(d) Radiation‑hardened microelectronic circuits that meet or exceed all five of the following characteristics:
(1)  A total dose of 5×105 Rads (Si);
(2)  A dose rate upset threshold of 5×108 Rads (Si)/sec;
(3)  A neutron dose of 1×1014 n/cm2 (1 MeV equivalent);
(4)  A single event upset rate of 1×10−10errors/bit‑day or less, for the CREME96 geosynchronous orbit, Solar Minimum Environment;
(5)  Single event latch‑up free and having a dose rate latch‑up threshold of 5×108 Rads (Si).
(e) All specifically designed or modified systems or subsystems, components, parts, accessories, attachments, and associated equipment for the articles in this category, including satellite fuel, ground support equipment, test equipment, payload adapter or interface hardware, replacement parts, and non‑embedded solid propellant orbit transfer engines.
Note:          This category does not include the following unless specifically designed or modified for military application:
(1)    Space qualified travelling wave tubes (also known as helix tubes or TWTs), microwave solid state amplifiers, microwave assemblies, and travelling wave tube amplifiers operating at frequencies equal to or less than 31GHz;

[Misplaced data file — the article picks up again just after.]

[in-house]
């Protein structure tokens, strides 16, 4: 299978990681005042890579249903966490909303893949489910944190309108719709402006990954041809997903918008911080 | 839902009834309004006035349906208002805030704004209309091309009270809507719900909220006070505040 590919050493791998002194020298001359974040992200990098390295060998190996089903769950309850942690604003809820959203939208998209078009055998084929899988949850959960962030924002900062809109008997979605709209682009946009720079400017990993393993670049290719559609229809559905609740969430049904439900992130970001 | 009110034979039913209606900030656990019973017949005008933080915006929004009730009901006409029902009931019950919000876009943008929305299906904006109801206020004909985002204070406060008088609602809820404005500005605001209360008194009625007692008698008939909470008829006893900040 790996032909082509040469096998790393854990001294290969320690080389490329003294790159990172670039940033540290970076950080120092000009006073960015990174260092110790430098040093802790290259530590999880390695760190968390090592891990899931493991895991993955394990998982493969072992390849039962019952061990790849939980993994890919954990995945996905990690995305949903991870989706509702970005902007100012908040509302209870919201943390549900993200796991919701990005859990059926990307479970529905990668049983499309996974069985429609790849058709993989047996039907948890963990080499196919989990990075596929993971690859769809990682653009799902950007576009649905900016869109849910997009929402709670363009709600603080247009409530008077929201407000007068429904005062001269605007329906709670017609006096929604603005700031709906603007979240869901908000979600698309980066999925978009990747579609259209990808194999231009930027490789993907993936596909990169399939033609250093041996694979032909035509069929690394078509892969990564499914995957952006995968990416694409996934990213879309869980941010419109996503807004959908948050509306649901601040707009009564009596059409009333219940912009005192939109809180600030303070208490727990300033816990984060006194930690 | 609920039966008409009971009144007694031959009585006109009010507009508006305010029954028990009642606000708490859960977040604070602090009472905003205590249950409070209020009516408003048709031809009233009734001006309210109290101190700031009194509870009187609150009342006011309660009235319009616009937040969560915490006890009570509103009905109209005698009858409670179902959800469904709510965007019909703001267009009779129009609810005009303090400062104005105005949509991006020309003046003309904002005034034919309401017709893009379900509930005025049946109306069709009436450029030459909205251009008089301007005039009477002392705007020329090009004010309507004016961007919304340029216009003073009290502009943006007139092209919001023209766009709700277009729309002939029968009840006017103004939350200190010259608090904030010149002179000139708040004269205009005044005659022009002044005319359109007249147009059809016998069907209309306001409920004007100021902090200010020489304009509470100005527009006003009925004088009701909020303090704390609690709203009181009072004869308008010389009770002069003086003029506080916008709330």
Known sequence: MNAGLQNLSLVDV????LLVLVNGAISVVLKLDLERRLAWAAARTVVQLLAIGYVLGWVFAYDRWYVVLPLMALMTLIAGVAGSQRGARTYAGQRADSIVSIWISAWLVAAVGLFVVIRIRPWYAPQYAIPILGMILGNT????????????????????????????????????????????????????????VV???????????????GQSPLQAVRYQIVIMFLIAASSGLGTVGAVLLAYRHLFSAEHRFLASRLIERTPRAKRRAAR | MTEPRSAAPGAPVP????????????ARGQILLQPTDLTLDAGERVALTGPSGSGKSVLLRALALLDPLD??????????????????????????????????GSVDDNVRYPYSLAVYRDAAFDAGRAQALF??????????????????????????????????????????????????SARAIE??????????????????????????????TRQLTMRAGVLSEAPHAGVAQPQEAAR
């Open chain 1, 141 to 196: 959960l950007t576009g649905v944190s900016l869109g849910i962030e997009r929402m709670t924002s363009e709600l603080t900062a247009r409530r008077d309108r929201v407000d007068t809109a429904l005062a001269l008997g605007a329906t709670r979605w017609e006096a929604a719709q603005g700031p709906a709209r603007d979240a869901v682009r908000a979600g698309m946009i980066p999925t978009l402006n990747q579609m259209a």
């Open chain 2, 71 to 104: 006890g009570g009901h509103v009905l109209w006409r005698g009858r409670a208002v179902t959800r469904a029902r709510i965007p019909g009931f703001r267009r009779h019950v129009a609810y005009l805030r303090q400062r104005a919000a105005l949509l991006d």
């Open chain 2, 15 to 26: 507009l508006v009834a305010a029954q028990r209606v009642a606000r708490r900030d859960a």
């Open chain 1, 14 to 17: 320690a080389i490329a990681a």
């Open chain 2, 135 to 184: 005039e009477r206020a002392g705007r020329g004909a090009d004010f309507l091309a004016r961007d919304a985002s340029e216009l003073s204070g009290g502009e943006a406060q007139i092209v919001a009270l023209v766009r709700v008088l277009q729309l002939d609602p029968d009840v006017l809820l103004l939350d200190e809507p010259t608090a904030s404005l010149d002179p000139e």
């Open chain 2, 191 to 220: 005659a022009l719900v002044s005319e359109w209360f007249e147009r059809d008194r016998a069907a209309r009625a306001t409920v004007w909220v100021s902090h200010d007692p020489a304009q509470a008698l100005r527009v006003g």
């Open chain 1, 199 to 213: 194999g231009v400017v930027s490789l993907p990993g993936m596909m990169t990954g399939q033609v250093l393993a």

(2)    Space qualified photovoltaic arrays having silicon cells or having single, dual, triple junction solar cells that have gallium arsenide as one of the junctions;
(3)    Space qualified tape recorders;
(4)    Atomic frequency standards that are not space qualified;
(5)    Space qualified data recorders;
(6)    Space qualified telecommunications systems, equipment and components not designed or modified for satellite uses;
(7)    Technology required for the development or production of telecommunications equipment specifically designed for non‑satellite uses;
(8)    Space qualified focal plane arrays having more than 2048 elements per array and having a peak response in the wavelength range exceeding 300nm but not exceeding 900nm;
(9)    Space qualified laser radar or Light Detection and Ranging (LIDAR) equipment.
(f) Technical data and defence services directly related to the articles enumerated in paragraphs (a) through (e) of this category, as well as detailed design, development, manufacturing or production data for all spacecraft and specifically designed or modified components for all spacecraft systems. This paragraph includes all technical data, without exception, for all launch support activities (e.g., technical data provided to the launch provider on form, fit, function, mass, electrical, mechanical, dynamic, environmental, telemetry, safety, facility, launch pad access, and launch parameters, as well as interfaces for mating and parameters for launch.)
Category XVI—Nuclear Weapons, Design and Testing Related Items